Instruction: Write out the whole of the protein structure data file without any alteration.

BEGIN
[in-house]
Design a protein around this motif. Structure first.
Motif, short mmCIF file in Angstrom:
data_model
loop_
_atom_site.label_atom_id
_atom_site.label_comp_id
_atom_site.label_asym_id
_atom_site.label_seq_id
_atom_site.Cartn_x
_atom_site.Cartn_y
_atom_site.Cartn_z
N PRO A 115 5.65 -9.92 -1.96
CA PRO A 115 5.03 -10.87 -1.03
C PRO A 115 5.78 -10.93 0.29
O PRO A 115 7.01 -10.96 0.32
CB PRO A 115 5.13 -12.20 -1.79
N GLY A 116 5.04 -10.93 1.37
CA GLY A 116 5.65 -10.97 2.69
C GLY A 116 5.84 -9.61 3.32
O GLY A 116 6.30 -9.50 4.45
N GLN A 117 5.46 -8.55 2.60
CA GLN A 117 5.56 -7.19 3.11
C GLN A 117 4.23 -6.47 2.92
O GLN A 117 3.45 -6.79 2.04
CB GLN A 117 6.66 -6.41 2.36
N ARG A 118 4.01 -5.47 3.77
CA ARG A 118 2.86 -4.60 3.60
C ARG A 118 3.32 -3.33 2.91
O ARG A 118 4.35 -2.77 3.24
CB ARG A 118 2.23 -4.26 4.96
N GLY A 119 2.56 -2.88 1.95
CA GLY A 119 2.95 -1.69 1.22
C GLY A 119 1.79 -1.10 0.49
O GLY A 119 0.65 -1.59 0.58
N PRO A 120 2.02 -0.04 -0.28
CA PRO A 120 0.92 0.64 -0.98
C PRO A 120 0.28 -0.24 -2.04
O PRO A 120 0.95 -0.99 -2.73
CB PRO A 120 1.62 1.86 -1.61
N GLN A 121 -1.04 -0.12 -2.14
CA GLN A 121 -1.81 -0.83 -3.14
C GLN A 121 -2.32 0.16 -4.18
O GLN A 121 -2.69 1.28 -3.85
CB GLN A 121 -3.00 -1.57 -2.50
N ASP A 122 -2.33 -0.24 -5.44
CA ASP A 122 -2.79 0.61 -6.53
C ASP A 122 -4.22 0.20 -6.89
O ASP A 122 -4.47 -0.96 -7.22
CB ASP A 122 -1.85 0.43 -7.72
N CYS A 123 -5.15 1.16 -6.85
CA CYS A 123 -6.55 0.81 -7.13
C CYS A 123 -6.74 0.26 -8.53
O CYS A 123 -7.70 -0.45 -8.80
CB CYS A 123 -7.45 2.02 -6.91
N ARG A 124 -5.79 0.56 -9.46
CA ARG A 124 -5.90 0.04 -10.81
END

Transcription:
[in-house]
Design a protein around this motif. Structure first.
Motif, short mmCIF file in Angstrom:
data_model
loop_
_atom_site.label_atom_id
_atom_site.label_comp_id
_atom_site.label_asym_id
_atom_site.label_seq_id
_atom_site.Cartn_x
_atom_site.Cartn_y
_atom_site.Cartn_z
N PRO A 115 5.65 -9.92 -1.96
CA PRO A 115 5.03 -10.87 -1.03
C PRO A 115 5.78 -10.93 0.29
O PRO A 115 7.01 -10.96 0.32
CB PRO A 115 5.13 -12.20 -1.79
N GLY A 116 5.04 -10.93 1.37
CA GLY A 116 5.65 -10.97 2.69
C GLY A 116 5.84 -9.61 3.32
O GLY A 116 6.30 -9.50 4.45
N GLN A 117 5.46 -8.55 2.60
CA GLN A 117 5.56 -7.19 3.11
C GLN A 117 4.23 -6.47 2.92
O GLN A 117 3.45 -6.79 2.04
CB GLN A 117 6.66 -6.41 2.36
N ARG A 118 4.01 -5.47 3.77
CA ARG A 118 2.86 -4.60 3.60
C ARG A 118 3.32 -3.33 2.91
O ARG A 118 4.35 -2.77 3.24
CB ARG A 118 2.23 -4.26 4.96
N GLY A 119 2.56 -2.88 1.95
CA GLY A 119 2.95 -1.69 1.22
C GLY A 119 1.79 -1.10 0.49
O GLY A 119 0.65 -1.59 0.58
N PRO A 120 2.02 -0.04 -0.28
CA PRO A 120 0.92 0.64 -0.98
C PRO A 120 0.28 -0.24 -2.04
O PRO A 120 0.95 -0.99 -2.73
CB PRO A 120 1.62 1.86 -1.61
N GLN A 121 -1.04 -0.12 -2.14
CA GLN A 121 -1.81 -0.83 -3.14
C GLN A 121 -2.32 0.16 -4.18
O GLN A 121 -2.69 1.28 -3.85
CB GLN A 121 -3.00 -1.57 -2.50
N ASP A 122 -2.33 -0.24 -5.44
CA ASP A 122 -2.79 0.61 -6.53
C ASP A 122 -4.22 0.20 -6.89
O ASP A 122 -4.47 -0.96 -7.22
CB ASP A 122 -1.85 0.43 -7.72
N CYS A 123 -5.15 1.16 -6.85
CA CYS A 123 -6.55 0.81 -7.13
C CYS A 123 -6.74 0.26 -8.53
O CYS A 123 -7.70 -0.45 -8.80
CB CYS A 123 -7.45 2.02 -6.91
N ARG A 124 -5.79 0.56 -9.46
CA ARG A 124 -5.90 0.04 -10.81